Before the war we ran a small scale operation restricted by the land we had available. It had to provide all the hay as well as pasture for the cows. My recollections that six to eight cows was about the maximum. During this period we also raised pigs because they ate the skim milk left over from the cream-making. We butchered the pigs on the cement area in front of the small barn, heating water in a large black pot over a fire (hot water was used to get the bristles off - you non-farmers!). We also occasionally butchered veal calves. My father did not get involved with this work. My mother would do anything except actually kill. She studied government pamphlets on how to cut up meat, how to cure and smoke pork, etc. I would emphasize that meat wasn't a large operation in W.W.II because we were too small to be effected by the rationing system. I recall the US Post Office was so fast in those days that you could mail off meat in dry ice to people. We used the system for Christmas presents.

We only had Jersey Guernsey cows at this time - no Holsteins because their milk was too thin. We separated our milk via hand cranked separator (done by farmer) and set machine to make cream as thick as possible. You had to spoon it out because my mother liked it that way and she found it sold easily, We stored the milk in cans in a cooler and also kept bottle of cream there until delivered to the co-op grocery store. It was located across from the Citgo Gas Station in what is now the office of the M.V. Times. We also sold eggs at the co-op. I had to clean and weigh each egg and put it in a proper box. I have found the little record book my mother kept of sales from late 1941 through mid-1944 (the war years). Our farm produced up to 80-90 jars of cream and 40 dozen eggs a week.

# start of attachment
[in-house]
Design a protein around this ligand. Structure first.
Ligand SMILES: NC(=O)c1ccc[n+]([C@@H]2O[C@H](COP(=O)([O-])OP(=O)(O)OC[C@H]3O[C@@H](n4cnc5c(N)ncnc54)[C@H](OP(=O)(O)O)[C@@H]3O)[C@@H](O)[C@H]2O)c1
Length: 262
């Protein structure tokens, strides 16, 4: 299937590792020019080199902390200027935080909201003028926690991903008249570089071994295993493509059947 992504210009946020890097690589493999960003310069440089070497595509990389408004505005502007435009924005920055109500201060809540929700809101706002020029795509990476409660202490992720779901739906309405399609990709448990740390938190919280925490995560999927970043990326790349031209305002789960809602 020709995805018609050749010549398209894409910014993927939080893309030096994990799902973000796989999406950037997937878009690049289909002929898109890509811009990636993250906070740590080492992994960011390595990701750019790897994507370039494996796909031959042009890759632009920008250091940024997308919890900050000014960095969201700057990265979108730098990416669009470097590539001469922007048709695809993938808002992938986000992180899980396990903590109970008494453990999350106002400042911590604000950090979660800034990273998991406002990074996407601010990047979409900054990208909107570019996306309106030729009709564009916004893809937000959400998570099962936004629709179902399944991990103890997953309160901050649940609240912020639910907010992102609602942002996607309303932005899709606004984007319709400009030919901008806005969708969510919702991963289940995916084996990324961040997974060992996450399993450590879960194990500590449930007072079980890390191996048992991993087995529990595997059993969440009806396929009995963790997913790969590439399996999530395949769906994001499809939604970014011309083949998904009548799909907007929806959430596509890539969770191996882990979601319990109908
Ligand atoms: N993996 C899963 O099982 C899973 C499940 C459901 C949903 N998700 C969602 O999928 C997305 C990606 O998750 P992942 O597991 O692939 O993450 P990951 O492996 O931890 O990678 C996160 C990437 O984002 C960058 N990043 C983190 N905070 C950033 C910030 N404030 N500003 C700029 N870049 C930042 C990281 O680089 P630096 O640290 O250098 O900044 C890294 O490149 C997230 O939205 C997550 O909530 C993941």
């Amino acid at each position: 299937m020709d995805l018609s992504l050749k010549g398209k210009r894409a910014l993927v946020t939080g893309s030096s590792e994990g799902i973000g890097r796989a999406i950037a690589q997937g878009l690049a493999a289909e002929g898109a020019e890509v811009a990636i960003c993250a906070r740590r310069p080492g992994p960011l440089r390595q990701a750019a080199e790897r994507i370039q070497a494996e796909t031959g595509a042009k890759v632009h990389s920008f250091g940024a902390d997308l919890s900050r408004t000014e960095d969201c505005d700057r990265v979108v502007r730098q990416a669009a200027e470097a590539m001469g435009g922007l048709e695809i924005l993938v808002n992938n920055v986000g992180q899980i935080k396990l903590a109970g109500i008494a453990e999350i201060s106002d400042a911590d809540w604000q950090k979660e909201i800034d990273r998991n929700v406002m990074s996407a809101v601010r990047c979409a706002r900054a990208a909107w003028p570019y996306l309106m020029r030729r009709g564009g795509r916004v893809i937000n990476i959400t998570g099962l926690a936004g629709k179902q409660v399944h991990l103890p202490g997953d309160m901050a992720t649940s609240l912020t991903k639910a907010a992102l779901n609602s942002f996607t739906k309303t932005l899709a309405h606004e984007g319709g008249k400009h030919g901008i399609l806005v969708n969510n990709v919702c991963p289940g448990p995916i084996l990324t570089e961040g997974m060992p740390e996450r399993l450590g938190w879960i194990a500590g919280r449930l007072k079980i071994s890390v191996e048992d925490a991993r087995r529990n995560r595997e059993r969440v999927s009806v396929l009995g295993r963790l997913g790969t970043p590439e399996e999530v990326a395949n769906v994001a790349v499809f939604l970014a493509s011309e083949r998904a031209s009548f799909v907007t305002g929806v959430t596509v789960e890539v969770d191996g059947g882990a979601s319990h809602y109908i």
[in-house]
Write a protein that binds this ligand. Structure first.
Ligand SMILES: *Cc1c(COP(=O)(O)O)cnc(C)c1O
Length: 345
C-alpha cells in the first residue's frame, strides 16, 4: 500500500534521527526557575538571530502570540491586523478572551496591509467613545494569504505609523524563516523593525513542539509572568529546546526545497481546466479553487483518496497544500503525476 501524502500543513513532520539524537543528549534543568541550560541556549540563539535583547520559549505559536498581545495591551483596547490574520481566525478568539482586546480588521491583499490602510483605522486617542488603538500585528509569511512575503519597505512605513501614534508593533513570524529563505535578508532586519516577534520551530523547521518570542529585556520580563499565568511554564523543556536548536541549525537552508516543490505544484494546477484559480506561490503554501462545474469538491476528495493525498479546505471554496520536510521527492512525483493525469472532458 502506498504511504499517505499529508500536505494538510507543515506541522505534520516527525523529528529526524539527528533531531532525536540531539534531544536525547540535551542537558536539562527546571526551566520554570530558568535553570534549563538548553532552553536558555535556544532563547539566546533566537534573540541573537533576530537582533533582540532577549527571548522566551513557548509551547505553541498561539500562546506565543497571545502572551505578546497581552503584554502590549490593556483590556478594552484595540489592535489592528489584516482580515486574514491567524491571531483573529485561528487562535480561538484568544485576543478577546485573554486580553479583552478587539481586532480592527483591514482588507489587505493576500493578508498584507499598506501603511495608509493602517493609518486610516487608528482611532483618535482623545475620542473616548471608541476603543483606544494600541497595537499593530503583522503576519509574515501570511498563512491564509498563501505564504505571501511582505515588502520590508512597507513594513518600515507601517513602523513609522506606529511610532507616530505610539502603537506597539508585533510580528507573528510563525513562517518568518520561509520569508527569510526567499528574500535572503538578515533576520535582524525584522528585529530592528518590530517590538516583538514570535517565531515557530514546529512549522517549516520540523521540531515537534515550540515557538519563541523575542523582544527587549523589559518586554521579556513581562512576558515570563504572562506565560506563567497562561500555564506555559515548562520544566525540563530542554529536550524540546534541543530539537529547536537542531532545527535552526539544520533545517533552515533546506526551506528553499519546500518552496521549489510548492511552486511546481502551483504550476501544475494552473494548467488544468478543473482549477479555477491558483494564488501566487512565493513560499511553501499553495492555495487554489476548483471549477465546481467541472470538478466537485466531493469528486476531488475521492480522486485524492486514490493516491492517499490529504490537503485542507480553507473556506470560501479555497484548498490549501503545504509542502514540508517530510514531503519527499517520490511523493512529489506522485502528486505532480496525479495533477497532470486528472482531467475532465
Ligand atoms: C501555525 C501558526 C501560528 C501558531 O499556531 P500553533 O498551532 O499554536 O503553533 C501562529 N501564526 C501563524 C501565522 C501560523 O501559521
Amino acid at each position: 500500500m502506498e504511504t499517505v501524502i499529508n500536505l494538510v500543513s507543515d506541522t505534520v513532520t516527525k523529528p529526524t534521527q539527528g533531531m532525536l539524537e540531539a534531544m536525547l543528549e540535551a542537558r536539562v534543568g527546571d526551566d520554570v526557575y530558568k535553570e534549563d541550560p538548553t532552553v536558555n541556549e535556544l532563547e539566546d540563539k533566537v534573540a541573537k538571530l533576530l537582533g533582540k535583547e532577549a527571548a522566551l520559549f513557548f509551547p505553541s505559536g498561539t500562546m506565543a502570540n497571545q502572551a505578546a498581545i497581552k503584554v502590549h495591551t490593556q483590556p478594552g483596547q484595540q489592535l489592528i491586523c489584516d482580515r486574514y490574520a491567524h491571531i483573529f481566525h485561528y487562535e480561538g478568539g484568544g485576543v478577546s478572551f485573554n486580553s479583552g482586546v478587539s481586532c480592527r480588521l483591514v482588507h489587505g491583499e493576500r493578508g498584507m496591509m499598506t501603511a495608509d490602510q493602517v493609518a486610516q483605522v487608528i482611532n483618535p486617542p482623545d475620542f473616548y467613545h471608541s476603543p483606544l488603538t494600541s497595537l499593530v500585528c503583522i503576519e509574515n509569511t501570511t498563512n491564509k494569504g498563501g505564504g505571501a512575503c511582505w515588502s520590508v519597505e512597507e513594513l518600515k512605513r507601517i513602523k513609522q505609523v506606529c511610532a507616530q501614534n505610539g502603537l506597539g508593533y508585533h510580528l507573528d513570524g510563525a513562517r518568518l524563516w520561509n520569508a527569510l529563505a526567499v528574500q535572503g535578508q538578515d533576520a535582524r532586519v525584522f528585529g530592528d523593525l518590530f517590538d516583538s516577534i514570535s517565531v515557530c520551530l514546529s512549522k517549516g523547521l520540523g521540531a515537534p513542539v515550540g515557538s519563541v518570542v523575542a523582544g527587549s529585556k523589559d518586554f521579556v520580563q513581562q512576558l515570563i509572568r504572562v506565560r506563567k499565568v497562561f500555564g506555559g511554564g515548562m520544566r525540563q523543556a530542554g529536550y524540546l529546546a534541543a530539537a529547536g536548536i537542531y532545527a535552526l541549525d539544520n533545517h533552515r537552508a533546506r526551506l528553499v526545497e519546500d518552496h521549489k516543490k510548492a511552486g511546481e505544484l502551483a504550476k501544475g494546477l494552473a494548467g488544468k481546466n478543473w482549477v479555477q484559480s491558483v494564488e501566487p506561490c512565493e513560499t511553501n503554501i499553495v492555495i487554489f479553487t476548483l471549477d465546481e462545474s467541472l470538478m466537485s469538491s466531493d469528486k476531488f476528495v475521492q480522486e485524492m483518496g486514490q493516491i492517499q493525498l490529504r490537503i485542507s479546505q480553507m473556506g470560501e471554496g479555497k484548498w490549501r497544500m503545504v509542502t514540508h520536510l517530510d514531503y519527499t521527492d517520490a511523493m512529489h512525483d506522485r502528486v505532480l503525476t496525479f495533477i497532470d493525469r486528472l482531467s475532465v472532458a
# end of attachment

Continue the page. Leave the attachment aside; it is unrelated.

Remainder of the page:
The type of farming done in Pilot Hill was primarily governed by the interests and activities of the particular farmer, but always mainly involved milk cows. Since there were no farmers' markets in those days, vegetables weren't raised except for the house. Back in the thirties and early forties you could not hire farm equipment. Besides a regular tractor and a caterpillar tractor, plows, harrows, hay cutting and raking equipment were all eventually purchased, as well as a large truck (a stake truck), known as the "Red truck". If we were good we were allowed to go on the dump run and buy cool-aid afterwards. The only exception I recall was in the first year or two; an old man with a horse-drawn hay cutter came to mow the meadow. I remember sitting on the horse as it pulled the machine around the field.

After W.W.II Earnest Duarte (now deceased) came to the farm, and it was at this point we remodeled and opened the cottage, because he and his wife needed a place to live. Later the Frank Drake family - father and two sons - did this work in turn, living also in the cottage. After W.W.II we were able to hire a mechanical hay bailer. This is how Eddie Cottle got started. Now it easy to cut and bale hay at a distance. For instance - Katama - and bring it back to the farm in our truck - or use a rental/borrowed truck. Later still, Canadian hay would be purchased from a trucker who came to the Island for this purpose. You had to take a whole tuck-load which we could do after the new barn was built.

The farmers we hired were younger and more modern - they wanted to specialize and increase their income in this way. We helped start a co-operative dairy where all the milk was pasteurized and distributed. After the co-op folded, we had our own milk route. The pasteurization was done at Fred Fisher's place.

These developments led to our building the large barn and only having cows - about 16 to 20 cows, I believe. The big barn was professionally constructed after the war so that we could build up a larger herd. Now we needed all the fields for pasture and bought all the hay from outside the farm.

From a financial perspective the most we ever accomplished was to cover the hay/grain bill by selling milk. Never the farmer's salary or capital costs of land and buildings. Our parents both died in January of 1971 and we practical children had the farm shut down within six weeks.

Comments